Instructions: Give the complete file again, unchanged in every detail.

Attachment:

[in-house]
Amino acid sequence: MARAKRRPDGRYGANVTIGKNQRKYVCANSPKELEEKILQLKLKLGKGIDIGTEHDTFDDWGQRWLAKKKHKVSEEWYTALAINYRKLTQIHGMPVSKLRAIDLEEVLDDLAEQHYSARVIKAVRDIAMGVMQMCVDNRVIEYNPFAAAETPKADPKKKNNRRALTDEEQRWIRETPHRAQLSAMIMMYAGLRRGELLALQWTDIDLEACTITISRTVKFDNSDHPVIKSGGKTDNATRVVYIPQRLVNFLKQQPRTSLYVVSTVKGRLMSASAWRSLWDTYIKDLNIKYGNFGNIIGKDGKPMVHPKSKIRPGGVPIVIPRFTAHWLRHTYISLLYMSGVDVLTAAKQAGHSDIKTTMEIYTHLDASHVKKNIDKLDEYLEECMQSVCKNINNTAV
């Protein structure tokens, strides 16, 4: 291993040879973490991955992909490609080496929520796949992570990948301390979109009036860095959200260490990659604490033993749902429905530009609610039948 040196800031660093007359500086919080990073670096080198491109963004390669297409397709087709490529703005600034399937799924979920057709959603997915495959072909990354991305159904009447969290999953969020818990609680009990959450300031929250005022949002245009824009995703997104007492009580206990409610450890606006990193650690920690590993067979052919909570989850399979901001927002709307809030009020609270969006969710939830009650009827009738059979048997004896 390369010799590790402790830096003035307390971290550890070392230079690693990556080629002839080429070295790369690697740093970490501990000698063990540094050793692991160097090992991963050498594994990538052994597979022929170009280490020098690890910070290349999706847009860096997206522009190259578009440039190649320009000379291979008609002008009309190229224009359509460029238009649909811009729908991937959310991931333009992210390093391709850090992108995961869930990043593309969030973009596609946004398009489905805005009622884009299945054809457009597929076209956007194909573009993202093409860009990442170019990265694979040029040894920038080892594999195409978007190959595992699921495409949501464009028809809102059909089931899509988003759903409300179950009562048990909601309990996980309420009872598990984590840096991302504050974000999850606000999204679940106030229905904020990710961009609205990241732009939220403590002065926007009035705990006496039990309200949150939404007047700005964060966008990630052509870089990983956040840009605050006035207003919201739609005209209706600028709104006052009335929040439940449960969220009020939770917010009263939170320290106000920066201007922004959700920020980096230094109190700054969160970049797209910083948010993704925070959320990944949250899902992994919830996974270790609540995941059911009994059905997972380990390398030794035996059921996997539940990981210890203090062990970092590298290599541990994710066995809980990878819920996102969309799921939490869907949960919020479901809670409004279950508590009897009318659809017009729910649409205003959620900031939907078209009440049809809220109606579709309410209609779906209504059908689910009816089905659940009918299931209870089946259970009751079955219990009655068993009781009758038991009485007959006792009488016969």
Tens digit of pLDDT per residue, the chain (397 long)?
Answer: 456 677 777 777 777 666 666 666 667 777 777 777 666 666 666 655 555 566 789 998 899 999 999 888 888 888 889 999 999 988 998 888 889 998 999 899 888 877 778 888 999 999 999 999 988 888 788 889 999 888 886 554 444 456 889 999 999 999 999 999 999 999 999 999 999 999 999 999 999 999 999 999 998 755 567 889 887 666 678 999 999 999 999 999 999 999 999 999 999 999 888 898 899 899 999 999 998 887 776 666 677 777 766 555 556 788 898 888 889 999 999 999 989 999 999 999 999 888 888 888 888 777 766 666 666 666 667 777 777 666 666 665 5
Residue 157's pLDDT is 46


[in-house]
Amino acid sequence: MARAKRRPDGRYGANVTIGKNQRKYVCANSPKELEEKILQLKLKLGKGIDIGTEHDTFDDWGQRWLAKKKHKVSEEWYTALAINYRKLTQIHGMPVSKLRAIDLEEVLDDLAEQHYSARVIKAVRDIAMGVMQMCVDNRVIEYNPFAAAETPKADPKKKNNRRALTDEEQRWIRETPHRAQLSAMIMMYAGLRRGELLALQWTDIDLEACTITISRTVKFDNSDHPVIKSGGKTDNATRVVYIPQRLVNFLKQQPRTSLYVVSTVKGRLMSASAWRSLWDTYIKDLNIKYGNFGNIIGKDGKPMVHPKSKIRPGGVPIVIPRFTAHWLRHTYISLLYMSGVDVLTAAKQAGHSDIKTTMEIYTHLDASHVKKNIDKLDEYLEECMQSVCKNINNTAV
């Protein structure tokens, strides 16, 4: 291993040879973490991955992909490609080496929520796949992570990948301390979109009036860095959200260490990659604490033993749902429905530009609610039948 040196800031660093007359500086919080990073670096080198491109963004390669297409397709087709490529703005600034399937799924979920057709959603997915495959072909990354991305159904009447969290999953969020818990609680009990959450300031929250005022949002245009824009995703997104007492009580206990409610450890606006990193650690920690590993067979052919909570989850399979901001927002709307809030009020609270969006969710939830009650009827009738059979048997004896 390369010799590790402790830096003035307390971290550890070392230079690693990556080629002839080429070295790369690697740093970490501990000698063990540094050793692991160097090992991963050498594994990538052994597979022929170009280490020098690890910070290349999706847009860096997206522009190259578009440039190649320009000379291979008609002008009309190229224009359509460029238009649909811009729908991937959310991931333009992210390093391709850090992108995961869930990043593309969030973009596609946004398009489905805005009622884009299945054809457009597929076209956007194909573009993202093409860009990442170019990265694979040029040894920038080892594999195409978007190959595992699921495409949501464009028809809102059909089931899509988003759903409300179950009562048990909601309990996980309420009872598990984590840096991302504050974000999850606000999204679940106030229905904020990710961009609205990241732009939220403590002065926007009035705990006496039990309200949150939404007047700005964060966008990630052509870089990983956040840009605050006035207003919201739609005209209706600028709104006052009335929040439940449960969220009020939770917010009263939170320290106000920066201007922004959700920020980096230094109190700054969160970049797209910083948010993704925070959320990944949250899902992994919830996974270790609540995941059911009994059905997972380990390398030794035996059921996997539940990981210890203090062990970092590298290599541990994710066995809980990878819920996102969309799921939490869907949960919020479901809670409004279950508590009897009318659809017009729910649409205003959620900031939907078209009440049809809220109606579709309410209609779906209504059908689910009816089905659940009918299931209870089946259970009751079955219990009655068993009781009758038991009485007959006792009488016969």
Tens digit of pLDDT per residue, the chain (397 long)?
Answer: 456 677 777 777 777 666 666 666 667 777 777 777 666 666 666 655 555 566 789 998 899 999 999 888 888 888 889 999 999 988 998 888 889 998 999 899 888 877 778 888 999 999 999 999 988 888 788 889 999 888 886 554 444 456 889 999 999 999 999 999 999 999 999 999 999 999 999 999 999 999 999 999 998 755 567 889 887 666 678 999 999 999 999 999 999 999 999 999 999 999 888 898 899 899 999 999 998 887 776 666 677 777 766 555 556 788 898 888 889 999 999 999 989 999 999 999 999 888 888 888 888 777 766 666 666 666 667 777 777 666 666 665 5
Residue 157's pLDDT is 46